So you passed CCIE yesterday. Congratulations.
Don't stop learning. The lab exam forces you to know lots of concepts in IP network, to implement them by putting the configuration in the network devices using CLI*, to run all the protocols and features in a complex scenario, to debug and troubleshoot the problems. Not to forget all the non-technical aspect such as to work under the pressure and very tight timeline, to make lots of quick decisions, to learn how to find the information and to ask the right question.
But that's all.
With all my respect to CCIE program, there are lots more you need to learn when it comes to the real production network. There are lot of things you need to understand outside the topics asked in the lab exam.
There is a difference between running a feature, and running a feature with scalability, for example. Configuring BGP with route-reflector and lots of route policy, with multiple address-family and community set, seems like a piece of art. But will the same setup work when there are hundred of thousands IP prefixes? When thousands of prefixes are using /32 and /31? When the route-policy needs to balance the utilization between links to multiple upstream providers?
Multicast means a network device needs to do the replication from one incoming packet to multiple packets and send them each to interested outgoing interfaces. Who is doing the replication inside the device? Incoming or ingress side, or outgoing aka egress? Why does it matter? If the device is doing replication on ingress side it may congest the backplane or switch fabric in between the incoming and outgoing interface. If the replication is done on egress side, who should do the lookup to see which interfaces are interested? And how?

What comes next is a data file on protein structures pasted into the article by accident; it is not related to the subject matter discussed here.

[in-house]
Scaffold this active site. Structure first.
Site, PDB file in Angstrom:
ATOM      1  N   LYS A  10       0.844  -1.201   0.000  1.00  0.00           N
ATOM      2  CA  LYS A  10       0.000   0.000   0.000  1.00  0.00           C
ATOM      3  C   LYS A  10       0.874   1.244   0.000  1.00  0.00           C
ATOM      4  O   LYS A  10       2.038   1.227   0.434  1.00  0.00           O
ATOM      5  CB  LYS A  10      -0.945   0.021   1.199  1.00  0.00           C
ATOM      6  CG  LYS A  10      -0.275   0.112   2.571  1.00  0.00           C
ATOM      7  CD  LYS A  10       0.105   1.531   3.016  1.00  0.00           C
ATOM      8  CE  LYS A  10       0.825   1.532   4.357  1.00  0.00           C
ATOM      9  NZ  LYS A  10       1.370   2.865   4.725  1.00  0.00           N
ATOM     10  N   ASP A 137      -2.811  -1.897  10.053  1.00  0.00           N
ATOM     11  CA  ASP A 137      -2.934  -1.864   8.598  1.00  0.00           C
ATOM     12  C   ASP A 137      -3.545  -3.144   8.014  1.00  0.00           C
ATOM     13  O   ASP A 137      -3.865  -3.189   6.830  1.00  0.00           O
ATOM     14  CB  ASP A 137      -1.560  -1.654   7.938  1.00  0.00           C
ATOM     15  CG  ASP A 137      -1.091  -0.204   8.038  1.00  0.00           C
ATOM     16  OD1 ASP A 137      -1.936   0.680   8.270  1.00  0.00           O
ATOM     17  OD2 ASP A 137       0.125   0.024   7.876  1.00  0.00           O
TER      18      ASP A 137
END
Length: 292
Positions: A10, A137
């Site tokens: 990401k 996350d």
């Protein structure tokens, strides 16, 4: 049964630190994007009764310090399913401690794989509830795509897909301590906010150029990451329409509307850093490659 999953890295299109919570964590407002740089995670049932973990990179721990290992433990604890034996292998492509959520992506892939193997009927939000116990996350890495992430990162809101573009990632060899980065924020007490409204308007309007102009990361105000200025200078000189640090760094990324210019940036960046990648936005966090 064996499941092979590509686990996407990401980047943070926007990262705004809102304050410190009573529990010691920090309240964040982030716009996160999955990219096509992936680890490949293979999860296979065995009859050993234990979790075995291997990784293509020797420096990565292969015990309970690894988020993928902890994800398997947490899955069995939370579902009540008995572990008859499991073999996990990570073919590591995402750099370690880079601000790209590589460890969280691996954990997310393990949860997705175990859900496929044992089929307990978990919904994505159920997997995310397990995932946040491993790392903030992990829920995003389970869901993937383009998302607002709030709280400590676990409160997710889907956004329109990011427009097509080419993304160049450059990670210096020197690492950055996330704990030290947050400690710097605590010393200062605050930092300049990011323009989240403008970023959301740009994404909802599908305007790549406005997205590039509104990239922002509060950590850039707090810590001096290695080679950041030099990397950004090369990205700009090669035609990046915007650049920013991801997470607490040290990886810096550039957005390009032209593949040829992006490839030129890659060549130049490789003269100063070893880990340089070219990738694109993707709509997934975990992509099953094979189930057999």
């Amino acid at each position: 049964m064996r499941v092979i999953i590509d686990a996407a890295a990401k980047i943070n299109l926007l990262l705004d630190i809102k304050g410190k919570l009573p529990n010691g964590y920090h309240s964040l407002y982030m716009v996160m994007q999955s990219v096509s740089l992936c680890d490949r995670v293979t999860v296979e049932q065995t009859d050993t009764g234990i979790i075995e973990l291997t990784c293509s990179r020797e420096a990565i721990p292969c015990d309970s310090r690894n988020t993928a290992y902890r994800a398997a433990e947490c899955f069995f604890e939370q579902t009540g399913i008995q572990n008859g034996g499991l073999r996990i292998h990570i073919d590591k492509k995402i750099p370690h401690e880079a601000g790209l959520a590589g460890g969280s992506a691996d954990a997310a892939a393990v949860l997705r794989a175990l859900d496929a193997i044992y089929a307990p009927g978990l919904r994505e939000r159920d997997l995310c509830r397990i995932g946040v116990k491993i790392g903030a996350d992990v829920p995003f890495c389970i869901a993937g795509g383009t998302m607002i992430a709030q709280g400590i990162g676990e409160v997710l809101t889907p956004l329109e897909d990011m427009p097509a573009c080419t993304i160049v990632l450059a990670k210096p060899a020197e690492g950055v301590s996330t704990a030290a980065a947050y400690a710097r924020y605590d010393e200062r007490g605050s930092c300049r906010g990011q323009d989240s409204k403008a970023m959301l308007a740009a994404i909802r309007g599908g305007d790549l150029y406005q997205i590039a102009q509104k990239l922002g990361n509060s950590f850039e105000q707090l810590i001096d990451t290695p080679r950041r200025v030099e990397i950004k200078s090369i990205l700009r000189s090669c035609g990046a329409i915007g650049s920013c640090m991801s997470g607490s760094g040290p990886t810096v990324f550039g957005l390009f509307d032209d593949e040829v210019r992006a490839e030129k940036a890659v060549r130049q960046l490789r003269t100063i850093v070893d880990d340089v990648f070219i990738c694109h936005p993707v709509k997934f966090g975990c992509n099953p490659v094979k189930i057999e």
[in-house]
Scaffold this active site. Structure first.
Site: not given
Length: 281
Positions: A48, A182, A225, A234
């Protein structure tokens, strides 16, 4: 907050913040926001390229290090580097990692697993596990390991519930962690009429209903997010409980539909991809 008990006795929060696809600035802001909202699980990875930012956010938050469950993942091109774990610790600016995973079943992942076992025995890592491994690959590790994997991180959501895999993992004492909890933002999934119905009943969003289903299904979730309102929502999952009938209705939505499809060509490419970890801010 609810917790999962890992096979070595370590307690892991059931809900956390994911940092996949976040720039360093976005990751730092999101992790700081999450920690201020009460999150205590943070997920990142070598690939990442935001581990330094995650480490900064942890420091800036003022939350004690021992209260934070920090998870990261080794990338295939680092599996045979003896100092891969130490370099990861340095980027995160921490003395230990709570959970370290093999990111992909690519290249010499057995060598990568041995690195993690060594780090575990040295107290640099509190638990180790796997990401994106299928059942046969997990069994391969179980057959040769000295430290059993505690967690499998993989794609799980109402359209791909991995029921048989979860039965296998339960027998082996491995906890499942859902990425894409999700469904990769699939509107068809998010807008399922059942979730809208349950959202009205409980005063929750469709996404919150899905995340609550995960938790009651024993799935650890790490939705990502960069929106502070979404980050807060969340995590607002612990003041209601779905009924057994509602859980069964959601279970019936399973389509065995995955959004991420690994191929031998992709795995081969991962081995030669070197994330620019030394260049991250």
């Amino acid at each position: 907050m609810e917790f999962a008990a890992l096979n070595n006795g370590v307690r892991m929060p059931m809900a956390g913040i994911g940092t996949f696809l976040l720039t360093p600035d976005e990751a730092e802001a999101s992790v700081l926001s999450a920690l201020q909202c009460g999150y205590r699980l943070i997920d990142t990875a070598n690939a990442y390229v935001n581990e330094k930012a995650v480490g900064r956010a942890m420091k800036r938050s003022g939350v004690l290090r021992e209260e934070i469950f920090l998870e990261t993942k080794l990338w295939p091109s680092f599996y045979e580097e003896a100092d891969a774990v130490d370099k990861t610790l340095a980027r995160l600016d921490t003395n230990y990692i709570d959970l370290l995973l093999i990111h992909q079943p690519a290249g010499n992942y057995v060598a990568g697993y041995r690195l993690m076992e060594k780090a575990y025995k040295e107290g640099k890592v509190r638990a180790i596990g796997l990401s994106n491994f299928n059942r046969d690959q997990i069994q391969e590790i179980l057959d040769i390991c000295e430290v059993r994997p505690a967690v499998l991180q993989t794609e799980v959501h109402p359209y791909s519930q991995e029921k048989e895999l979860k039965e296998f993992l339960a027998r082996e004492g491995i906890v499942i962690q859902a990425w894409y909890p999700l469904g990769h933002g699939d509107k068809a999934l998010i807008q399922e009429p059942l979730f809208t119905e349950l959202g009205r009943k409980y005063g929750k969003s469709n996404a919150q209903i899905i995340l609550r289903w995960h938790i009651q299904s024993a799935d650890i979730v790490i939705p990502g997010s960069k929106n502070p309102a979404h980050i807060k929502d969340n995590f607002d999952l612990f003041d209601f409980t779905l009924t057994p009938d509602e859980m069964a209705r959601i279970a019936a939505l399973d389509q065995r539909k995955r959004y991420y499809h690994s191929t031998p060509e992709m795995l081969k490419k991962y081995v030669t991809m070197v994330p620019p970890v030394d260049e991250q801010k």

High availability, beyond the OSPF fast convergence configuration that you can copy paste from the documentation to the device console. Will you rely on IGP FC or would like to use MPLS TE? When the link fails, how to detect and inform the upper layer protocol? Will BGP flush the whole table immediately when the next hop is not reachable?
Talking about passing layer 2 over pseudowire, do the devices need to learn about the Mac address? If yes, how many number of Mac address maximum it can handle? How to carry the customer dot1q tag transparently? Can you bridge and route at the same time? How about the layer 2 mechanism to break the loop, how to integrate it with the pseudo wire network?
Which traffic needs to be protected when there is congestion? How if you have business customers and residential coming from the same physical interfaces? Will you use sub-interface to identify them or just match based on VLAN? Do you shape the residential or let them take the whole bandwidth when the business is not using it? How about protecting the voice traffic inside one type of customer? How many layers of QoS mechanism can you go?
What will happen if one of the Route Processor fails? What will happen if there is line card inserted when the device is online? What will happen if one switch fabric fails when the traffic is passing through?
What is In Service Software Upgrade? Can it really happen?
How about stress test? How to ensure the CPU can handle and process the request when it receives hundreds of thousands routes at the same time? What if the neighbor flaps during the process? Will you even consider to implement dampening?
How to protect the CPU when there is flooding in the control plane? And the most important, how to ensure the forwarding packet is not disrupted even when the CPU stays 100%?
And don't forget about interoperability. Interoperability of products from two different vendors, some bits may need to be changed even when you try to have a simple physical connection between two different vendors using Sonet. Interoperability of products from the same vendor but using different software. Interoperability between network devices and any other components in the network like load balancer, security devices, caching and clustered servers?
Typing fast in the console is not the most important anymore.
There are lots more beyond CLI.
And we are just talking about a small portion of the technical aspect here.
CCIE really is just a beginning.
*A command-line interface (CLI) is a mechanism for interacting with a network device operating system or software by typing commands to perform specific tasks.